Government launches consultation to reform UK’s “outdated” planning system

Newland Homes' Brooklands development in Evesham resized

The government has launched a consultation to overhaul of the country’s outdated planning system.

The government says the changes will be a “major boost” to SME builders currently cut off by the planning process, which has long been criticised for being too sluggish.

Green spaces and Green Belt will continue to be protected for future generations, with the reforms allowing for more building on brownfield land, said the government.

Local community agreement will be at the centre of the proposals being put forward in the white paper, Planning for the future, published today.

But the Campaign to Protect Rural England (CPRE) questions how much local involvement there would be under the new system.

Tom Fyans, CPRE’s Director of Campaigns and Policy, said: “First and foremost, our planning process must respond to the needs of communities, both in terms of providing much-needed affordable homes and other vital infrastructure, and green spaces for our health and wellbeing.

“The planning process as it stands may not be perfect but instead of deregulating planning, the government must invest in planning. Quality development needs a quality planning system with community participation at its heart.”

Luke Freeman, Joint Chief Executive at Forest of Dean-based Freeman Homes, added: “Freeman Homes welcomes any government intervention to speed up the planning process.  The current system creates significant disruption and inefficiency when trying to accelerate and increase our production volumes.  These delays are exacerbated for SME housebuilders like us which do not have the luxury of a large land bank unlike the PLC volume housebuilders which operate on a much larger scale and have the resources to invest in a long term landbank. If the planning process could be accelerated then we would be able to grow our business to compete with increasing dominance of the larger companies which would be healthy for the supply and cost of new build housing.”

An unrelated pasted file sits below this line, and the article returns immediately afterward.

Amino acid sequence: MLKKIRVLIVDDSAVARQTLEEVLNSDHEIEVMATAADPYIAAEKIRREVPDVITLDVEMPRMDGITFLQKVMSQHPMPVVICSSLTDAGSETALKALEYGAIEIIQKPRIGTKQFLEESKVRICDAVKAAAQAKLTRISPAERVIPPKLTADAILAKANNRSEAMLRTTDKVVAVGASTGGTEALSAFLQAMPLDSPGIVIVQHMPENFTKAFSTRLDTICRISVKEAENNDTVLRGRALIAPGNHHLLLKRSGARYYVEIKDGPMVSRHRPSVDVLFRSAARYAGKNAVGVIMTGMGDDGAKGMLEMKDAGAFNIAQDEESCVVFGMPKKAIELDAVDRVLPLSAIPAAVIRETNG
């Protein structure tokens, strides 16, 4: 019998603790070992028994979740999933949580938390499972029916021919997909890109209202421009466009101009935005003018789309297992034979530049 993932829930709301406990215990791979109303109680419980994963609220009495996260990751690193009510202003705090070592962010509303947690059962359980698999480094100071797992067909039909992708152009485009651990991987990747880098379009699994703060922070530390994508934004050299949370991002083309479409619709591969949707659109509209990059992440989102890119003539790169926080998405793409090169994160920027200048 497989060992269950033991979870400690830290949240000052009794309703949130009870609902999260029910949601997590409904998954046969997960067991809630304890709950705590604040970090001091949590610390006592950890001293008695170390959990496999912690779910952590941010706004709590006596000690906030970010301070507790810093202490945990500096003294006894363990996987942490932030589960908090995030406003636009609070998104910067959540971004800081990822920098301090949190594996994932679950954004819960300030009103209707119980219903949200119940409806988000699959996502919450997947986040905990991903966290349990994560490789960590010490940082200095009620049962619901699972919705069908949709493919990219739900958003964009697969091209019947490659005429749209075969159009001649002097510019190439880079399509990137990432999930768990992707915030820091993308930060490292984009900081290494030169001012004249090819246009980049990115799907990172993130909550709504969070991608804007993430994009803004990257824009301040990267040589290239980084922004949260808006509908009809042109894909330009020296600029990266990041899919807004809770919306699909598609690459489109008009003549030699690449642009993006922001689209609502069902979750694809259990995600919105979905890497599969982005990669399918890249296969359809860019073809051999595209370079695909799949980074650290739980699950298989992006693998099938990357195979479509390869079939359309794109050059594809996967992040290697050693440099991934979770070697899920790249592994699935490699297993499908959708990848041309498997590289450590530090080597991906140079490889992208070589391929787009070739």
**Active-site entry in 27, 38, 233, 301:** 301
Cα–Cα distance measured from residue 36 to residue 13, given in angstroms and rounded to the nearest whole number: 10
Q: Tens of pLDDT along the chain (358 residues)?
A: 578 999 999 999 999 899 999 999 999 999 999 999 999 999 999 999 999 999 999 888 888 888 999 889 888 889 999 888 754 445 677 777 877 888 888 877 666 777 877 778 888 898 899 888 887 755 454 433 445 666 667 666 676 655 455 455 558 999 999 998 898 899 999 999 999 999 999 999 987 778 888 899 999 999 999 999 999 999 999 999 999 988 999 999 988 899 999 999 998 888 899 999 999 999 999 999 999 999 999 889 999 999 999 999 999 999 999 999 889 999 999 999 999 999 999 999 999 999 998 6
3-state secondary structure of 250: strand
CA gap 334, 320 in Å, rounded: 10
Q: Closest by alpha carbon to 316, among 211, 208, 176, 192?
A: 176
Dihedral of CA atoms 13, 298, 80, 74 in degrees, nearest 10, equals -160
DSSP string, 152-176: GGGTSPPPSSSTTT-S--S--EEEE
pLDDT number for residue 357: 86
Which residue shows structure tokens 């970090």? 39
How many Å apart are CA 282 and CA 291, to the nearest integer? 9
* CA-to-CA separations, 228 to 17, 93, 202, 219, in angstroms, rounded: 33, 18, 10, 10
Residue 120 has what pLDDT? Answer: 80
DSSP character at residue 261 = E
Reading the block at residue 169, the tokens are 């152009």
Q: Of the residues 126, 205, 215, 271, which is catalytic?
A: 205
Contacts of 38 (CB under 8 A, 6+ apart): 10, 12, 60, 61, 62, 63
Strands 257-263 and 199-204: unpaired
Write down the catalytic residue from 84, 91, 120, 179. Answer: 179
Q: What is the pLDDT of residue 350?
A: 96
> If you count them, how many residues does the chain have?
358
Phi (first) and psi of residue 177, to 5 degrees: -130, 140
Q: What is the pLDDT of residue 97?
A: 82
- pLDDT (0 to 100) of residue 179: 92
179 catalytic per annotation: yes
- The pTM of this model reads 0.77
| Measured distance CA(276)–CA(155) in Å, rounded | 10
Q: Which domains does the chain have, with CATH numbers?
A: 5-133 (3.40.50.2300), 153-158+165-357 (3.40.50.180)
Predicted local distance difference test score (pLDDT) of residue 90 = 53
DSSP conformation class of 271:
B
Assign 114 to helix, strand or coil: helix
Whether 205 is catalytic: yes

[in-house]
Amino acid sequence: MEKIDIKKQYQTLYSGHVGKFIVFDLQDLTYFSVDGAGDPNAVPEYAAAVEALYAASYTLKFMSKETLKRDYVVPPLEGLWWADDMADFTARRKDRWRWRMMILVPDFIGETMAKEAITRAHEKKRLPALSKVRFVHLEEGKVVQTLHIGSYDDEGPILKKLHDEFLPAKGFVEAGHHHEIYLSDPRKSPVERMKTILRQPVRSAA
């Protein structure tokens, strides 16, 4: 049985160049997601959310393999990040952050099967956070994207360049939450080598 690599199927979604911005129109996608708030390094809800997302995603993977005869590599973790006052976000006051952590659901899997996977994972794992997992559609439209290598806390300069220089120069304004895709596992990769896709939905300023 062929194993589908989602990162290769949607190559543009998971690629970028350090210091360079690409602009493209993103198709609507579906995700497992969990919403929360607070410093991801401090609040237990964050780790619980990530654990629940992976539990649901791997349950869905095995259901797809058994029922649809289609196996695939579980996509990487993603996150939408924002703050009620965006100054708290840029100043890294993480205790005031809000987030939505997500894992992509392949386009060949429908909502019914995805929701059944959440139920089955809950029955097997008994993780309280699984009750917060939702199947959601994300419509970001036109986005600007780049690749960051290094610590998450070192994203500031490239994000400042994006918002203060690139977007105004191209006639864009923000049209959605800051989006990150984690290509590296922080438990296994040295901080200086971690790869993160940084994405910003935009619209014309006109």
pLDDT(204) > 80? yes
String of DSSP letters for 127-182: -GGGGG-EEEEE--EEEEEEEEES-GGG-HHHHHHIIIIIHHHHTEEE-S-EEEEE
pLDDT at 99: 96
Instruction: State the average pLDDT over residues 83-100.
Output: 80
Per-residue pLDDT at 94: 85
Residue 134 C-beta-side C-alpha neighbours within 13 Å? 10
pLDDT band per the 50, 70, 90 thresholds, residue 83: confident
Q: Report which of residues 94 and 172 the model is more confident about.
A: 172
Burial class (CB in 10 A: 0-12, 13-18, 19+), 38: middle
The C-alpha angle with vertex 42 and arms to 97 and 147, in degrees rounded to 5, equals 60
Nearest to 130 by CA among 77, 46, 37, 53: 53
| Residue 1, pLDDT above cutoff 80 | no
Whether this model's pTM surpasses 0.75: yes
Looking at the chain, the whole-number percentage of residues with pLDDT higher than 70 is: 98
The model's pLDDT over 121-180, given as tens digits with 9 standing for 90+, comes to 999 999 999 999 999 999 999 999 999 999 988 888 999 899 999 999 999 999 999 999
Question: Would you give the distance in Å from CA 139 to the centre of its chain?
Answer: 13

The government says the current system has shown itself to be unfavourable to small businesses, with the proportion of new homebuilding they lead on dropping drastically from 40 per cent 30 years ago to just 12 per cent today.

Recent studies show smaller firms feel the complexities of the planning process and its associated risks, delays and costs are the key challenges they face in homebuilding.

Housing Secretary Rt Hon Robert Jenrick MP said: “Our complex planning system has been a barrier to building the homes people need; it takes seven years to agree local housing plans and five years just to get a spade in the ground.

“These once-in-a-generation reforms will lay the foundations for a brighter future, providing more homes for young people and creating better quality neighbourhoods and homes across the country.

“We will cut red tape, but not standards, placing a higher regard on quality, design and the environment than ever before. Planning decisions will be simple and transparent, with local democracy at the heart of the process.”

The government’s reforms include:

  • Local communities consulted from the  beginning of the planning process. By harnessing the latest technology through online maps and data, the whole system will be made more accessible